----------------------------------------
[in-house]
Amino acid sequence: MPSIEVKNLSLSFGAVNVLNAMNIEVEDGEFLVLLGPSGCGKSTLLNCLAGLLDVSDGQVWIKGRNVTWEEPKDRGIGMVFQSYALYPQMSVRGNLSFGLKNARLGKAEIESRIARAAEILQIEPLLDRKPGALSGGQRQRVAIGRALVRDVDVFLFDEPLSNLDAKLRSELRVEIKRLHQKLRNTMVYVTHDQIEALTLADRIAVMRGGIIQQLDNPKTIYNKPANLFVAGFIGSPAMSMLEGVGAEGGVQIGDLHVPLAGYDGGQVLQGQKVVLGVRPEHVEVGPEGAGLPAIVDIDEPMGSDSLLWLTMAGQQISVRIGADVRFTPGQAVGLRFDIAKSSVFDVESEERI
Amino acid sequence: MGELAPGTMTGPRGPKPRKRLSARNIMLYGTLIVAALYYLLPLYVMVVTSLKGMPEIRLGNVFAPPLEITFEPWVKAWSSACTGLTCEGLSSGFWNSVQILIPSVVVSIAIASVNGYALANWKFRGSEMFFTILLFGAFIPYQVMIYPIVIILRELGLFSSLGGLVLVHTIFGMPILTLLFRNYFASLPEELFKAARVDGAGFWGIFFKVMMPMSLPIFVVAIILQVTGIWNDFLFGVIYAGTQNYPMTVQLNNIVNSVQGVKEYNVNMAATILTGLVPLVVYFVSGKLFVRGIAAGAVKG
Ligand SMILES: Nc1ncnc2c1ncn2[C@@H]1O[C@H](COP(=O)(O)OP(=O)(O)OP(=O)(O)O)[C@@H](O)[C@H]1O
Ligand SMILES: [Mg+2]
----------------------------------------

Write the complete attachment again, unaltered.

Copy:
[in-house]
Amino acid sequence: MPSIEVKNLSLSFGAVNVLNAMNIEVEDGEFLVLLGPSGCGKSTLLNCLAGLLDVSDGQVWIKGRNVTWEEPKDRGIGMVFQSYALYPQMSVRGNLSFGLKNARLGKAEIESRIARAAEILQIEPLLDRKPGALSGGQRQRVAIGRALVRDVDVFLFDEPLSNLDAKLRSELRVEIKRLHQKLRNTMVYVTHDQIEALTLADRIAVMRGGIIQQLDNPKTIYNKPANLFVAGFIGSPAMSMLEGVGAEGGVQIGDLHVPLAGYDGGQVLQGQKVVLGVRPEHVEVGPEGAGLPAIVDIDEPMGSDSLLWLTMAGQQISVRIGADVRFTPGQAVGLRFDIAKSSVFDVESEERI
Amino acid sequence: MGELAPGTMTGPRGPKPRKRLSARNIMLYGTLIVAALYYLLPLYVMVVTSLKGMPEIRLGNVFAPPLEITFEPWVKAWSSACTGLTCEGLSSGFWNSVQILIPSVVVSIAIASVNGYALANWKFRGSEMFFTILLFGAFIPYQVMIYPIVIILRELGLFSSLGGLVLVHTIFGMPILTLLFRNYFASLPEELFKAARVDGAGFWGIFFKVMMPMSLPIFVVAIILQVTGIWNDFLFGVIYAGTQNYPMTVQLNNIVNSVQGVKEYNVNMAATILTGLVPLVVYFVSGKLFVRGIAAGAVKG
Ligand SMILES: Nc1ncnc2c1ncn2[C@@H]1O[C@H](COP(=O)(O)OP(=O)(O)OP(=O)(O)O)[C@@H](O)[C@H]1O
Ligand SMILES: [Mg+2]